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Ring Around the Rosy: The X-Files Season 11, My Struggle III

Scully lies on the floor having been attacked

And they’re at it again. Season 11 of the X-Files started with a whimper last night. It wasn’t a bad whimper, overall, until the end, of course. As an objective, analytical viewer, I could report that it was a fairly boring piece of exposition until Mulder slit the throat of a henchman trying to kill Scully, which was just about the hottest thing I’ve ever seen on television and might say some things about me that I’d rather not recognize. I could report that it had its share of the pseudotypical Season 10 “here’s the new conspiracy” moments with a few good turns for long time favourite and X-Files newby Barbara Hershey, that Skinner, as usual, was underused, and Monica’s decisions, like last season, don’t make any sense. I could say that William B. Davis’ Spender  – excuse me, that’s Carl now – almost stole the show. I could tell you that it was frustrating not to get a good, clear picture of William’s face. I could say that Duchovny and Anderson’s chemistry is still riveting. And that 45 minutes of television flew by in a mindless blur until the final twist at the end, which may or may not be true. All of those things, if I chose to relate them, as an objective, analytical viewer would be true.

But the Truth – and The X Files has ever been about the truth – would be that it felt like the same, tired, contrived crap from Season 10 and lacked everything special that made the X-Files, the X-Files. The personal affront to essentially all viewers sensibilities aside (said affront being of course, the final twist) there was nothing about this episode besides Duchovny’s and Anderson’s gorgeous faces to save it.

Of course, this is all discounting the fact that the episode is titled “My Struggle III”. In Tuesday’s AMA, Chris Carter called the “Struggle” episodes their own series. Which means that they’re incomplete. Maybe when all of them are aired, they’ll work better. While I’m not too hopeful, it isn’t impossible.

So what’s the angle? What culmination will we arrive at from each piece of mythology – beloved and derided at turns – when all is said and done? There’s a new conspiracy in town, featuring the mirror image of the Smoking Man and Monica duo almost like agents Miller and Einstein are to Mulder and Scully, for better or for worse. The opening montage was a great mix of current events and narration, something which the X-Files has always excelled at, being relevant, that is. Discussion of fake news, of government culpability, population gullibility, these are all things which The X-Files stood for in years past. It makes a valiant attempt certainly, and I’m sure it will carry through as the grander theme this season. It makes sense that another Syndicate would spring up in lieu of the other one; that is something that happens in real life, every day, whether we know it or not. In this, The X-Files is straightforward about its goals this season. What is there to analyze when you’re being told?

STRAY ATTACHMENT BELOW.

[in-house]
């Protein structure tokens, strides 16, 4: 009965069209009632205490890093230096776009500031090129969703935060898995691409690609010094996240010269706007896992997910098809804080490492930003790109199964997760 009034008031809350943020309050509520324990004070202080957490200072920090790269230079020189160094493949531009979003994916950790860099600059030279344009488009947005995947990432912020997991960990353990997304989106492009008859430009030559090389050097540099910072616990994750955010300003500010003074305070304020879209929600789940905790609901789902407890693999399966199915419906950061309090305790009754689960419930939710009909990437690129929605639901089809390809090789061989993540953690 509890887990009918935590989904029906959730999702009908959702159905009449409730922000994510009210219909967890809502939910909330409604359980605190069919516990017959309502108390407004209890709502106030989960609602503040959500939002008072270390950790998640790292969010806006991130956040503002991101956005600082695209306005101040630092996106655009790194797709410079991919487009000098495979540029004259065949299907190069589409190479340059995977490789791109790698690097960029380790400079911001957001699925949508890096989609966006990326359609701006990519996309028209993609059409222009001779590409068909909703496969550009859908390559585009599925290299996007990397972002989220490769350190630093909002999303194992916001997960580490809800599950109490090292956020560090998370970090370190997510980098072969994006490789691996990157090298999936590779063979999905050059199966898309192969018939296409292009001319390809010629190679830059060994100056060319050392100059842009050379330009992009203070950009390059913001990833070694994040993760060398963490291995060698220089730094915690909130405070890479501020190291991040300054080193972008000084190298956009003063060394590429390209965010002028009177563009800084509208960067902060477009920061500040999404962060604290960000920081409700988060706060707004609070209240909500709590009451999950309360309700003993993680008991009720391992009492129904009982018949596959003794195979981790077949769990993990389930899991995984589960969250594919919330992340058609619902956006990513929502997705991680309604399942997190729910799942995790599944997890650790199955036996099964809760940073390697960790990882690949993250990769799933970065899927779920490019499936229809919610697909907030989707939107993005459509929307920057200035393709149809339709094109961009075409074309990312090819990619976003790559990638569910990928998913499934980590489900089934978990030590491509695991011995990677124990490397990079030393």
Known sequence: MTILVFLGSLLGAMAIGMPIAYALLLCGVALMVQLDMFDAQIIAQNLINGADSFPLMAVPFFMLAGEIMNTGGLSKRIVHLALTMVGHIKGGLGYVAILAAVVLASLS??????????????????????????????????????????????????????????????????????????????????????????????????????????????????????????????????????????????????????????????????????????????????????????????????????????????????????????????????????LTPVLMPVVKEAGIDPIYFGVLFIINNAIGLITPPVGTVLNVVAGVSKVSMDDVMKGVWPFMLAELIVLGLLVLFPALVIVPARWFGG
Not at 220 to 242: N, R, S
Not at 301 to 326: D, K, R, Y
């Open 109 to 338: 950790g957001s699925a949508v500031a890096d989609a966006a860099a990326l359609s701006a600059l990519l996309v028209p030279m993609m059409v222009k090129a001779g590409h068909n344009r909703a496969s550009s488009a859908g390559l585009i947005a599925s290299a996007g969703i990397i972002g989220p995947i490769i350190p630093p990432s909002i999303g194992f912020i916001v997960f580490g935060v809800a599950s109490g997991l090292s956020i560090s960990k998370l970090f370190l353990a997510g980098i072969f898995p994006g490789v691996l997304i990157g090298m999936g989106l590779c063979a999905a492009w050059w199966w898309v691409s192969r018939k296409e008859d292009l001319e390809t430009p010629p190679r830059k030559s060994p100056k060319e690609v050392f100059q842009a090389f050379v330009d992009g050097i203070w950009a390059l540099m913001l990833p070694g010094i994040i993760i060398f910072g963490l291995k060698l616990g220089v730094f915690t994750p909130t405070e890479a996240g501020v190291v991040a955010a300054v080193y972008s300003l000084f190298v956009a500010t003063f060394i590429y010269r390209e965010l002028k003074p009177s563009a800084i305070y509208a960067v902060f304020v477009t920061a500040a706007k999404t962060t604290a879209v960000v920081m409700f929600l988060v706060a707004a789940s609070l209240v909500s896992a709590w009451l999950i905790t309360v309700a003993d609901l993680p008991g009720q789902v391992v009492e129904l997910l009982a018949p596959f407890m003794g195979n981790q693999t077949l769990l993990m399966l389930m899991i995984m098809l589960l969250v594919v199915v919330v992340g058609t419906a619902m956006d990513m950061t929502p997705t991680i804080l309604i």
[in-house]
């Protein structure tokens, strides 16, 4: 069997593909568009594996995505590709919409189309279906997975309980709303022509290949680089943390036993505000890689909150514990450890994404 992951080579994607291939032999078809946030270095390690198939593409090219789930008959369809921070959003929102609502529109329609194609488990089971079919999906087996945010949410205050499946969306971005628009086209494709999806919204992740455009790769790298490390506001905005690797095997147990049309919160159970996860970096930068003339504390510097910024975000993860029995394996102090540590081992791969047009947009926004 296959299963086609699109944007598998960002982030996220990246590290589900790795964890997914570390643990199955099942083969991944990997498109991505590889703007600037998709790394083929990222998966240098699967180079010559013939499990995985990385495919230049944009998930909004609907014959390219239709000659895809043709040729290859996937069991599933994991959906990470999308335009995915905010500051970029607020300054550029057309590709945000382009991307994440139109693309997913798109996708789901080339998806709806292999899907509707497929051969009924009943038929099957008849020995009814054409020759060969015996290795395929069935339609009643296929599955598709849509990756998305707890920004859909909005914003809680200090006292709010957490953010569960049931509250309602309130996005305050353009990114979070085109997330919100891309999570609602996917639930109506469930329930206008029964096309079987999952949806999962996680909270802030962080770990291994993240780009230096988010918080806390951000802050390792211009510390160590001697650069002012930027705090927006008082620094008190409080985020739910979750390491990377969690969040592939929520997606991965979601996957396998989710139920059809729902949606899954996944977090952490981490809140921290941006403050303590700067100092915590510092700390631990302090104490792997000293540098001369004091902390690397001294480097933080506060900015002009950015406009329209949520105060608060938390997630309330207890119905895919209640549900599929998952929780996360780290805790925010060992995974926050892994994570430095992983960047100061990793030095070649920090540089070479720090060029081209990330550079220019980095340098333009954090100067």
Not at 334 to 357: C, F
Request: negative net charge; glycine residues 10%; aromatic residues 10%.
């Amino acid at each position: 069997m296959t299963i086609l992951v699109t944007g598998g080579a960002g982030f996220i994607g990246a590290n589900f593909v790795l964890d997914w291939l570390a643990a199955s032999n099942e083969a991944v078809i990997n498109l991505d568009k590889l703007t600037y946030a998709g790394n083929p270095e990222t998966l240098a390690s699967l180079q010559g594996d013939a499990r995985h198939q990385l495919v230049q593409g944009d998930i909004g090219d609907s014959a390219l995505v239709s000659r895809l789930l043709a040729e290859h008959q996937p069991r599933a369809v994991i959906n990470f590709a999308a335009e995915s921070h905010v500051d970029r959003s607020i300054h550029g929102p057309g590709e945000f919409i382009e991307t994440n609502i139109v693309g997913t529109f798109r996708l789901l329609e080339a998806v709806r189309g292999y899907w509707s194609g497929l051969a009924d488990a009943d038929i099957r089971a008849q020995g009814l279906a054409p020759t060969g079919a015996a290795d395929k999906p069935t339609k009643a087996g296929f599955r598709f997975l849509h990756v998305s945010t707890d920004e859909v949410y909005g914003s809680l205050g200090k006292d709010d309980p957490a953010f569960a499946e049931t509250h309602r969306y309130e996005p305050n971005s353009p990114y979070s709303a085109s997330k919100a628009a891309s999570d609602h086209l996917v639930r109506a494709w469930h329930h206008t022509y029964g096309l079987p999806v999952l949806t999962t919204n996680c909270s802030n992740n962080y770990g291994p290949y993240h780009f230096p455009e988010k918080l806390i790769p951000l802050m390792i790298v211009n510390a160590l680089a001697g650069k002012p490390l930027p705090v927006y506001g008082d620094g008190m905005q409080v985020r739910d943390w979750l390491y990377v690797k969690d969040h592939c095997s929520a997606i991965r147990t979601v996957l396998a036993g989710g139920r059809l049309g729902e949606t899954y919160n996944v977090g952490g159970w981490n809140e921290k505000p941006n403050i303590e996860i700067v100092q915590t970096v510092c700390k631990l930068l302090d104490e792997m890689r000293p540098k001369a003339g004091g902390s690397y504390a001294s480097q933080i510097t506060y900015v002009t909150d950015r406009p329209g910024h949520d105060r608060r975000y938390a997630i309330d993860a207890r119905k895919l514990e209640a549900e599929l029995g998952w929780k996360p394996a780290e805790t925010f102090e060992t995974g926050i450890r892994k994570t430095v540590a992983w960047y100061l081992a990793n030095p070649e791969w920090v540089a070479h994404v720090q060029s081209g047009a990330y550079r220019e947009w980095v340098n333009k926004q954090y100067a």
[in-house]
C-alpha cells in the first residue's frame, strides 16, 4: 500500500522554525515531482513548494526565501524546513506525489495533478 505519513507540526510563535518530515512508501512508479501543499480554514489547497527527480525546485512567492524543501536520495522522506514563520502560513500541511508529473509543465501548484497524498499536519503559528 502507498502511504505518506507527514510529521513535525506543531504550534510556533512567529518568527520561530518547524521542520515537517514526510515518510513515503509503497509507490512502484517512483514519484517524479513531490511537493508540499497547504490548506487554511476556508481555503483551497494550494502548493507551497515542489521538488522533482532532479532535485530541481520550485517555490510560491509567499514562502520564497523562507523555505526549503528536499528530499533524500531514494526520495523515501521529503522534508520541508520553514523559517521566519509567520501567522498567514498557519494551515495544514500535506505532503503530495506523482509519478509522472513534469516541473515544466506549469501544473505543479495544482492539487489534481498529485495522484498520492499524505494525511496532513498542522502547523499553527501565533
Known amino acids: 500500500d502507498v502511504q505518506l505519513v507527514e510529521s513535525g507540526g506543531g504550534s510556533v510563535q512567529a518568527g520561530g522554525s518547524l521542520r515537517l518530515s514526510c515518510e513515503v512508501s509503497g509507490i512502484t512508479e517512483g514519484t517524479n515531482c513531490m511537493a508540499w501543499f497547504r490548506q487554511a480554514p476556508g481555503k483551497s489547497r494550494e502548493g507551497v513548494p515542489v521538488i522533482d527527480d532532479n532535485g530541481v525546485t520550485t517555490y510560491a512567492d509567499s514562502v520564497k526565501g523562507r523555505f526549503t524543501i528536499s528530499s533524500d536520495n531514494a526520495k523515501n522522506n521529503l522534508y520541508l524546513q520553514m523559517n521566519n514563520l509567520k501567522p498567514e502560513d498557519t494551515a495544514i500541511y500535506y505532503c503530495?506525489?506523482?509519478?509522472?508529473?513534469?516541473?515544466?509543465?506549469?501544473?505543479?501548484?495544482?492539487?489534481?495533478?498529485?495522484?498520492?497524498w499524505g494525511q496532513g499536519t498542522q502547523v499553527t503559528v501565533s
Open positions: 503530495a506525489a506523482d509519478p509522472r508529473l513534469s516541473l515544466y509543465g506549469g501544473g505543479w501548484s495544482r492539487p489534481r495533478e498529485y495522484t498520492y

Except that this is The X-Files and nothing is ever straightforward for our beloved Agents Mulder and Scully, especially when it involved CGB Spender. I believe Mulder was right in calling the new Syndicate’s bluff. He wasn’t taken in by any means. This is old hat for him, and he’s tired of the runaround. As for Skinner, I’m less certain. Skinner has always been between a rock and a hard place considering his position with the FBI, but he’s been known to be manipulated and I have to believe that it is happening again. There is a lot that Spender has to gain from keeping Skinner in his pocket, even if he didn’t take the deal. With Skinner believing that Scully and Mulder’s son, William, may actually be the product of medical rape (seriously Chris Carter? Again? It’s disgusting and sick.) and the child of Spender himself, Skinner isn’t in the best position to assist his friends. Let it be said now that Spender has always been a liar and he is likely still lying to this day. For those who are uncertain, the timeline (which has admittedly always been poorly maintained, as somehow Scully managed to have a 11 month long pregnancy or so) wouldn’t fit. If you’re uncertain, you can check this most lovely curated timeline  under the episode tag “En Ami”, and the year later under the episode tag “Existence”, to see that her trip with Spender took place Spring of 2000 and that William was born in late May of 2001. What Carter is trying to insinuate is physically impossible.